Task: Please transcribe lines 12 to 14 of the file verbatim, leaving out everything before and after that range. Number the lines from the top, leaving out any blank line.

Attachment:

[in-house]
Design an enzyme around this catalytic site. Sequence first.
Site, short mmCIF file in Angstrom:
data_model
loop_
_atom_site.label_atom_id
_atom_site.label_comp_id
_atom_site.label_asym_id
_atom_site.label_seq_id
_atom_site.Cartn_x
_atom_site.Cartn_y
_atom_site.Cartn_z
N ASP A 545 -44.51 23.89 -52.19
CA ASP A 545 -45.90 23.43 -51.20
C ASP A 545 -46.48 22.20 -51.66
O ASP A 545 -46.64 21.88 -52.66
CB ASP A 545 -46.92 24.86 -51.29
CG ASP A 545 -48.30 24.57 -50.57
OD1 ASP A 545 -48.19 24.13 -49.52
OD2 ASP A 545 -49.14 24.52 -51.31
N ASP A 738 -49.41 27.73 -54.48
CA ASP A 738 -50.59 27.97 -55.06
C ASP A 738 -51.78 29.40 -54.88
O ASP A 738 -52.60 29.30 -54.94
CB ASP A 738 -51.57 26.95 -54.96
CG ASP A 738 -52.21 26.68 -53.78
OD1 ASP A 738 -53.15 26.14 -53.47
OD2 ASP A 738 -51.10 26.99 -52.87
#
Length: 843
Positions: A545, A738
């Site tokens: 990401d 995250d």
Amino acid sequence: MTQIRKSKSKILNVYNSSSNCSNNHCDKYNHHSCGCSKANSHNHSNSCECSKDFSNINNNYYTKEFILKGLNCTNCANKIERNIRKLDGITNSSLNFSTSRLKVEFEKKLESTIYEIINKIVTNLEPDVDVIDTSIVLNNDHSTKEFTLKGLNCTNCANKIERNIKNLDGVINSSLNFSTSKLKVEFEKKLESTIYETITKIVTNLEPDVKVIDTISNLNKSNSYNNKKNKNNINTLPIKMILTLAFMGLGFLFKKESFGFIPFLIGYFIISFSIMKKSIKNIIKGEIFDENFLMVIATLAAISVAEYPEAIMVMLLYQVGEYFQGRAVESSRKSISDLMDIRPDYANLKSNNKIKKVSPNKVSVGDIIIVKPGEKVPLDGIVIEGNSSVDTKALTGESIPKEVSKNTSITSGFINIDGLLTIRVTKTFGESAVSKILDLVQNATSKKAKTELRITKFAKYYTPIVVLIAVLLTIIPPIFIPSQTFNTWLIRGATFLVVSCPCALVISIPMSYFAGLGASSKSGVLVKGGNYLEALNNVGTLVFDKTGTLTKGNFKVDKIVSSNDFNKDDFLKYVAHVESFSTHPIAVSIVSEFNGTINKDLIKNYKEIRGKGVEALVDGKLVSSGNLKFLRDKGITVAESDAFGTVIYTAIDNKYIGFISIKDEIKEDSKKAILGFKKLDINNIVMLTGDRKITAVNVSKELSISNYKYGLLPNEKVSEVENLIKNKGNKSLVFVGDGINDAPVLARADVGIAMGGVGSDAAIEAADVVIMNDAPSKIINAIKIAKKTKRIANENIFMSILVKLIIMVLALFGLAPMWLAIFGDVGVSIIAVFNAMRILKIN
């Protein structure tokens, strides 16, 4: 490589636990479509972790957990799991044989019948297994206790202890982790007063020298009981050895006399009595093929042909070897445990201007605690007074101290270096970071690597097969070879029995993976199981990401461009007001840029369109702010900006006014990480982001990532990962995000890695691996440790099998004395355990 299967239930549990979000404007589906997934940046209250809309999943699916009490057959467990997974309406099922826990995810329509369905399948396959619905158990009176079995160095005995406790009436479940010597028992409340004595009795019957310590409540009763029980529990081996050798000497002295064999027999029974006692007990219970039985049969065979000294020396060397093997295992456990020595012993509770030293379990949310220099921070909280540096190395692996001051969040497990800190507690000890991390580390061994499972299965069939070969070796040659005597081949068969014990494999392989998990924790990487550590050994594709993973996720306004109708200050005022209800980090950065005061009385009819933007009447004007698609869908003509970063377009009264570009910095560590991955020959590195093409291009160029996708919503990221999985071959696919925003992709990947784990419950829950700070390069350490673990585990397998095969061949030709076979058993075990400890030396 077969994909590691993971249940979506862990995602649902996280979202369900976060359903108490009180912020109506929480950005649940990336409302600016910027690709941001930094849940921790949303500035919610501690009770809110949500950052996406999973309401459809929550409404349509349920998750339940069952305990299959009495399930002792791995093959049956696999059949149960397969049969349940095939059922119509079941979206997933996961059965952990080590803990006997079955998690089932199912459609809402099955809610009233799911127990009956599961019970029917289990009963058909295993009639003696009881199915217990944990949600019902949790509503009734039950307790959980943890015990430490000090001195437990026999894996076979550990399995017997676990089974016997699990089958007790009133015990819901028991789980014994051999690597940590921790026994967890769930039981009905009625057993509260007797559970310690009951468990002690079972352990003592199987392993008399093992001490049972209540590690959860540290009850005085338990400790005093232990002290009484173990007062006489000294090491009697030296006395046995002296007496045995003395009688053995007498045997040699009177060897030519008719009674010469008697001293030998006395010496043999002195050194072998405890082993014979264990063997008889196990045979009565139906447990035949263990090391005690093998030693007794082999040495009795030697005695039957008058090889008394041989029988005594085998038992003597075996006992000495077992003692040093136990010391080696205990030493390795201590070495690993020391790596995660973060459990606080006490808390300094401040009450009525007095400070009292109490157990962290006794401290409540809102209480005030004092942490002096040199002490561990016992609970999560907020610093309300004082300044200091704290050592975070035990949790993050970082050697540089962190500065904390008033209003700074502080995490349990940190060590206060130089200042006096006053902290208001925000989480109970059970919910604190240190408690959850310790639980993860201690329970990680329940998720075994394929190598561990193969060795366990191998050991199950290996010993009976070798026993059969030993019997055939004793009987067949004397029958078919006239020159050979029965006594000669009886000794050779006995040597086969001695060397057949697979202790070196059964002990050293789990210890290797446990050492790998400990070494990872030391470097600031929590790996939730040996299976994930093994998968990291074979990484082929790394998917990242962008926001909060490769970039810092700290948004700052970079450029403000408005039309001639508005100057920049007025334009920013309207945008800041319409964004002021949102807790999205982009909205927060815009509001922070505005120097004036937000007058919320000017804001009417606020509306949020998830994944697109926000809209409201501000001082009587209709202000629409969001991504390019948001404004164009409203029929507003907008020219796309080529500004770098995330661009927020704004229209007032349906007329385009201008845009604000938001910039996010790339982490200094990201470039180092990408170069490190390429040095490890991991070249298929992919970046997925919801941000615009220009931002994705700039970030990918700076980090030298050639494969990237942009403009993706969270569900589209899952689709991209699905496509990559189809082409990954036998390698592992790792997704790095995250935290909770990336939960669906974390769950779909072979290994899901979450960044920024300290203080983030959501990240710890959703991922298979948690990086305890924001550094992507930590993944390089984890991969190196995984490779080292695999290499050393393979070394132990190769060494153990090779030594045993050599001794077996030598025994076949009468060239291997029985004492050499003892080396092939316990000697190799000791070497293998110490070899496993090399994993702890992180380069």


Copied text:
_atom_site.Cartn_z
N ASP A 545 -44.51 23.89 -52.19
CA ASP A 545 -45.90 23.43 -51.20